Let's see, what else? The majority of the American public already thinks John Boehner's idea of suing the president is a gigantic waste of time (and the lawsuit hasn't even really begun, mind you). Oh, and just about anybody can automatically now become a political non-profit group, because the I.R.S. just totally threw in the towel and admitted that they weren't even going to screen all but the largest new tax-exempt organizations. So maybe we should form a "Friday Talking Points" non-profit, so we can get lotsa money that our donors can write off on their taxes. After all, there's nothing really stopping anyone from doing exactly that, now. Only in America!

Joe Biden deserves at least an Honorable Mention this week, for singlehandedly raising the profile of the annual Netroots Nation liberal conference. Because Biden's speech coincided with the Malaysian Airlines crash (Biden's was one of the first official statements on the crash), there were a whole lot of clips on the news with the "Netroots Nation" background.

Alan Grayson also deserves an Honorable Mention, for his efforts to force the House to vote on increasing the minimum wage for federal employees. Keep fighting the good fight, Alan!

We have two Most Impressive Democrat Of The Week awards to hand out this week, and the first goes to Shenna Bellows, the Democratic candidate for Senate in Maine. Now, Bellows is a longshot, since Susan Collins is one of the more reasonable Republicans in the Senate, and she is well-loved in her home state. So Bellows decided to stage a political stunt of sorts, but an impressive one nonetheless: she's going to personally walk the length of Maine, to meet the voters. The best line from the story: "She will reportedly be outfitted in Maine-made New Balance sneakers and an L.L. Bean raincoat." Nice. Now, this sort of small-town campaigning wouldn't work in a larger state, and her chances for victory in November are slim, but we have to say that it does show an astounding amount of personal dedication to walk over 300 miles in a bid to get elected. Even if she loses, she deserves a MIDOTW for her long walk.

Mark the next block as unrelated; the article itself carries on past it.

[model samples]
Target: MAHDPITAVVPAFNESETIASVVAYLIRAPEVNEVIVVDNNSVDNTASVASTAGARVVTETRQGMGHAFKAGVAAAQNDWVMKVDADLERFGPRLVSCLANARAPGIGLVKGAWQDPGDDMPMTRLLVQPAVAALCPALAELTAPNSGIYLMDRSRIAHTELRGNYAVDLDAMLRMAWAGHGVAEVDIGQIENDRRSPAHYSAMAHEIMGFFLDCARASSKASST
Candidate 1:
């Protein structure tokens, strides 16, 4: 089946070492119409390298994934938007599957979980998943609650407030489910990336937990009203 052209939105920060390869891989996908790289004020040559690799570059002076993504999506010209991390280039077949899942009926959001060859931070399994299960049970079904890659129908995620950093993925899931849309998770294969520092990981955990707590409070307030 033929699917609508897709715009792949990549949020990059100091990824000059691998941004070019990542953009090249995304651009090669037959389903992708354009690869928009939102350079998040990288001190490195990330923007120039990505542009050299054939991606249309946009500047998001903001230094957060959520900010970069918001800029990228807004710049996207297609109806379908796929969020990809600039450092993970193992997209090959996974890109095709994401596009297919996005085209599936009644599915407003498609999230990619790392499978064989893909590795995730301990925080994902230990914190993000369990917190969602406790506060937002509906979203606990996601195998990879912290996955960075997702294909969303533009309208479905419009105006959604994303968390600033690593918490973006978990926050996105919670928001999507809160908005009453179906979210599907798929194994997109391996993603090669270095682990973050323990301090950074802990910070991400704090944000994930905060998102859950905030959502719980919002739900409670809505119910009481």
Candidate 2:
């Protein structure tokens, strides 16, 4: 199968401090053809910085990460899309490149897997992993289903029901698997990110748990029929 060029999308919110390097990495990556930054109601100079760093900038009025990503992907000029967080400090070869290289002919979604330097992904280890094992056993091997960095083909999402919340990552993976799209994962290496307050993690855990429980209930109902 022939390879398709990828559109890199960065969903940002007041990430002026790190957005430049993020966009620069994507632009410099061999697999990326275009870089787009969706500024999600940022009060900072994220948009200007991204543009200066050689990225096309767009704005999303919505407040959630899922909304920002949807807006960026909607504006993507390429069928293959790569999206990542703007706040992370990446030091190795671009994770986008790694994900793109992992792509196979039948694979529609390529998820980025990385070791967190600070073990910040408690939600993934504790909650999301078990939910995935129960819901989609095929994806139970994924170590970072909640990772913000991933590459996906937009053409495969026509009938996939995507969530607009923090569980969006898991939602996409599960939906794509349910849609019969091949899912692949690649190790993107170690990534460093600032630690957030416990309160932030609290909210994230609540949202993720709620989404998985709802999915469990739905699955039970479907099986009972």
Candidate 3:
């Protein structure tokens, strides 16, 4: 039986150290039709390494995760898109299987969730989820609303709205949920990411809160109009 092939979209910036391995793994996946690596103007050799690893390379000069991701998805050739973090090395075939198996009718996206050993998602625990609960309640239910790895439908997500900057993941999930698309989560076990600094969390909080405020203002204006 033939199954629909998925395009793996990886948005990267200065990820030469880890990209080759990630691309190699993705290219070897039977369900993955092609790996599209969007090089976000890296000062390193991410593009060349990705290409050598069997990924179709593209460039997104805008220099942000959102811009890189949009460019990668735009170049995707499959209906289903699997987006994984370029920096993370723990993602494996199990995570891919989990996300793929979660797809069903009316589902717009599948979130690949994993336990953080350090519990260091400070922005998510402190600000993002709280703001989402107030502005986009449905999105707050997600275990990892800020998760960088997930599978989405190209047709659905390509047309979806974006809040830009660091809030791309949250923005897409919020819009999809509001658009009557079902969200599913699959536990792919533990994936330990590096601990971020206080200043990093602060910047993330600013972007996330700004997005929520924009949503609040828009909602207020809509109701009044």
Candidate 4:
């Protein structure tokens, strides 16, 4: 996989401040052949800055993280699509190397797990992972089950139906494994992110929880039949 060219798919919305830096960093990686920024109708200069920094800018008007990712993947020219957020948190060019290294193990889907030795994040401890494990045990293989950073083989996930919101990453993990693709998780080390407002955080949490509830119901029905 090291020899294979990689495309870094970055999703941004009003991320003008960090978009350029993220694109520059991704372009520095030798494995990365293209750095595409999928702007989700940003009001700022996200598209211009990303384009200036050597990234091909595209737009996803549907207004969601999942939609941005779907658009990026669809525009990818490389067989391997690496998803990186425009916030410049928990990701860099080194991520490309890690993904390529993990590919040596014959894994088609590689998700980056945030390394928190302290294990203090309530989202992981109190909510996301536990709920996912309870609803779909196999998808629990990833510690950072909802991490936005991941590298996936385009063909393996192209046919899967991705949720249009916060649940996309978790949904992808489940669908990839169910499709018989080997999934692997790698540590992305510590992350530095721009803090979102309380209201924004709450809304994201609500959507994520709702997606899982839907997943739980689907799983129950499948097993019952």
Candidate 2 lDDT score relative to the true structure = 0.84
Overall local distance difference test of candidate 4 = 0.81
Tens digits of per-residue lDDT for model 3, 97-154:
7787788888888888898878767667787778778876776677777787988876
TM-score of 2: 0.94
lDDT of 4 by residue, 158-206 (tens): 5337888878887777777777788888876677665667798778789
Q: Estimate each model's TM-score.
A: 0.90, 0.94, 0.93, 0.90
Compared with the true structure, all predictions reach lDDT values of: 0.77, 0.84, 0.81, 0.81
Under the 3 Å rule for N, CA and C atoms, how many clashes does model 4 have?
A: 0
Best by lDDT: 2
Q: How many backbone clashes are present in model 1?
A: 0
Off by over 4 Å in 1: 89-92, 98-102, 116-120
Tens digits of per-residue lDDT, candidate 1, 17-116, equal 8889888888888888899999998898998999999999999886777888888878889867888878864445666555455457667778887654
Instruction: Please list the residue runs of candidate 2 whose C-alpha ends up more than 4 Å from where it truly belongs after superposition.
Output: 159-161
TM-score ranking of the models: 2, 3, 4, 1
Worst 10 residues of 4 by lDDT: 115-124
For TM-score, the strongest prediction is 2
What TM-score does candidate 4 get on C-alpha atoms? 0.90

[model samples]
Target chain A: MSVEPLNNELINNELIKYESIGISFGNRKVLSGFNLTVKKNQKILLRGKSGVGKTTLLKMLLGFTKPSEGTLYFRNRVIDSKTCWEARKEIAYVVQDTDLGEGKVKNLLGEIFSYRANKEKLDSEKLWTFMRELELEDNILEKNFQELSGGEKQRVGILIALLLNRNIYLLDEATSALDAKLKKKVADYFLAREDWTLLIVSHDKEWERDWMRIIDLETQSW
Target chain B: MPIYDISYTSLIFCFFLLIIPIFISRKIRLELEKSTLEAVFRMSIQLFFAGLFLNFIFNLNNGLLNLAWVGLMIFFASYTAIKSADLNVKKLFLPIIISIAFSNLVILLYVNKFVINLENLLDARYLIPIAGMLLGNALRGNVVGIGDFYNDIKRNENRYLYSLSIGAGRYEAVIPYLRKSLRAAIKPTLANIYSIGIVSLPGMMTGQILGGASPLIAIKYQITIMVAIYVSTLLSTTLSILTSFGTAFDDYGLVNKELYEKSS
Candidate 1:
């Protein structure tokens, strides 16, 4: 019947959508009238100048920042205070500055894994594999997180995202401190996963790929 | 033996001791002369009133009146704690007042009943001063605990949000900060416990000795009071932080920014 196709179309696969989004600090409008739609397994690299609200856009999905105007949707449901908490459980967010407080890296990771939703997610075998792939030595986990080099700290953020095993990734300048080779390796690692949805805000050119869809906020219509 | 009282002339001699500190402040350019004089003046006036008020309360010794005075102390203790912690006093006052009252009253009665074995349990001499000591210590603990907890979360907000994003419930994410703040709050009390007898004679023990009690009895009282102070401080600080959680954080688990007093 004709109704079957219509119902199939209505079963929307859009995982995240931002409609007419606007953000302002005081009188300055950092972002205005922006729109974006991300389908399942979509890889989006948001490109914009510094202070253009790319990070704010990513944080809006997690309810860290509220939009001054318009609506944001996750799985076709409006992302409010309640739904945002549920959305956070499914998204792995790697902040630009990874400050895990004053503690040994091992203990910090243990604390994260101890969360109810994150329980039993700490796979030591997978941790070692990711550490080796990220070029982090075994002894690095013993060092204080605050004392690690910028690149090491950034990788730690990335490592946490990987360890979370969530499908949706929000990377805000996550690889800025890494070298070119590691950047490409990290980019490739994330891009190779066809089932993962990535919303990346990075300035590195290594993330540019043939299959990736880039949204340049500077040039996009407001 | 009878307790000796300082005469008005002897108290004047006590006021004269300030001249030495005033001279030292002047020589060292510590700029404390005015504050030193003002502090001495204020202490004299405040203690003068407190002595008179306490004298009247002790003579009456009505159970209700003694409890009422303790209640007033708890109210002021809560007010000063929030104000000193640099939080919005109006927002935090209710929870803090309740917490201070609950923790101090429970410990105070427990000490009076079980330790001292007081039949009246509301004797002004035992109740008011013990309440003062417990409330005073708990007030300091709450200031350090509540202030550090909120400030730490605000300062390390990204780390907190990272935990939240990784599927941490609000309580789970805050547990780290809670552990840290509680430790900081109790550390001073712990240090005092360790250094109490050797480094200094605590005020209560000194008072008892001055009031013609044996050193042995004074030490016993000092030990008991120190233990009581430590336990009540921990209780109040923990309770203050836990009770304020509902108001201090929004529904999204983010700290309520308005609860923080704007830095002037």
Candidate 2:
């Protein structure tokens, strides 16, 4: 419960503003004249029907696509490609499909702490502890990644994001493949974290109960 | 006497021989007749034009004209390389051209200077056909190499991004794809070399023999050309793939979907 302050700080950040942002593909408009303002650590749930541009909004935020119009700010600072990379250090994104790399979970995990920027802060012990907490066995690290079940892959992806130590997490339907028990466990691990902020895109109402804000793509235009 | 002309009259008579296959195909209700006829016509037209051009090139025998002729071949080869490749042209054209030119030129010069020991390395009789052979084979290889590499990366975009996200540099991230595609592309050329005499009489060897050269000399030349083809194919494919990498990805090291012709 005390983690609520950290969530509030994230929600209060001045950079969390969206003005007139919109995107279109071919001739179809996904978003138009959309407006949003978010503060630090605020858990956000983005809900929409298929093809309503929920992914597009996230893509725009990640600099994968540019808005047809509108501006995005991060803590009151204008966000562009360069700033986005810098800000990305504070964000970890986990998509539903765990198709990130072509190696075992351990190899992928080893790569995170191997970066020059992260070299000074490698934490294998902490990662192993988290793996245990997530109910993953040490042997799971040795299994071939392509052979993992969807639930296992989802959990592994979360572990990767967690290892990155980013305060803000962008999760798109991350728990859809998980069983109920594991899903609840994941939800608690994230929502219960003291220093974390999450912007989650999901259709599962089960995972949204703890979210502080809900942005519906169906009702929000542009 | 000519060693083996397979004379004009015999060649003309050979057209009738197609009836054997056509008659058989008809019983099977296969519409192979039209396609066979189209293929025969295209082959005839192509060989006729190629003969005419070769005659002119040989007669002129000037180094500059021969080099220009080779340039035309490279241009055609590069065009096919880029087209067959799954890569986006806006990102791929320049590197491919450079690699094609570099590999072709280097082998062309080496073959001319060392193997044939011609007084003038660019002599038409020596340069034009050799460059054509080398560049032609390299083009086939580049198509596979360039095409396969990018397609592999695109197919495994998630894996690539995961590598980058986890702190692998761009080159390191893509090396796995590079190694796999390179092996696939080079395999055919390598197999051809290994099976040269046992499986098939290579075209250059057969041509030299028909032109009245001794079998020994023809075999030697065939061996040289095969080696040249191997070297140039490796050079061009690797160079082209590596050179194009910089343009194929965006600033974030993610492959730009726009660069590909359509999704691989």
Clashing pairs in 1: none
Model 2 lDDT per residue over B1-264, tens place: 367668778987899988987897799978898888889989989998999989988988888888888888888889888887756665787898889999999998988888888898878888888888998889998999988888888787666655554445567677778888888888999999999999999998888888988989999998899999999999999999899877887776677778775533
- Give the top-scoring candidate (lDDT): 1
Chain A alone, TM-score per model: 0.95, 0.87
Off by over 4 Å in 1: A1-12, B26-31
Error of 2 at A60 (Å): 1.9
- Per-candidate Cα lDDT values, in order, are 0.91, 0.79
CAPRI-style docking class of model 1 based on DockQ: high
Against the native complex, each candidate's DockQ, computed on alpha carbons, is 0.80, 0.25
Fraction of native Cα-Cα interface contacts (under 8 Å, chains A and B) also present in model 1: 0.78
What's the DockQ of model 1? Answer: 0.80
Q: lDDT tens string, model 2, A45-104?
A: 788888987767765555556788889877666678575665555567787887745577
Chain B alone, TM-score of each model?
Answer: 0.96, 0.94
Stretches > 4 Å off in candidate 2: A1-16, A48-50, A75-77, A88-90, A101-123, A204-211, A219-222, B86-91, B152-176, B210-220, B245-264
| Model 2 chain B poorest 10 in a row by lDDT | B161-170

The second MIDOTW goes to none other than House Minority Leader Nancy Pelosi. Pelosi is just about the only Democrat showing some optimism about their chances in House races this year, but then that's actually just part of her leadership job. But she really earned the award for rolling out a "Contract With America" sort of campaign platform for Democrats to support this year. It is called the "Middle Class Jumpstart" agenda, which is a pretty good name for what Democrats stand for in general. Pelosi unveiled the agenda with other House leaders in a press conference, which we're going to quote from in a moment.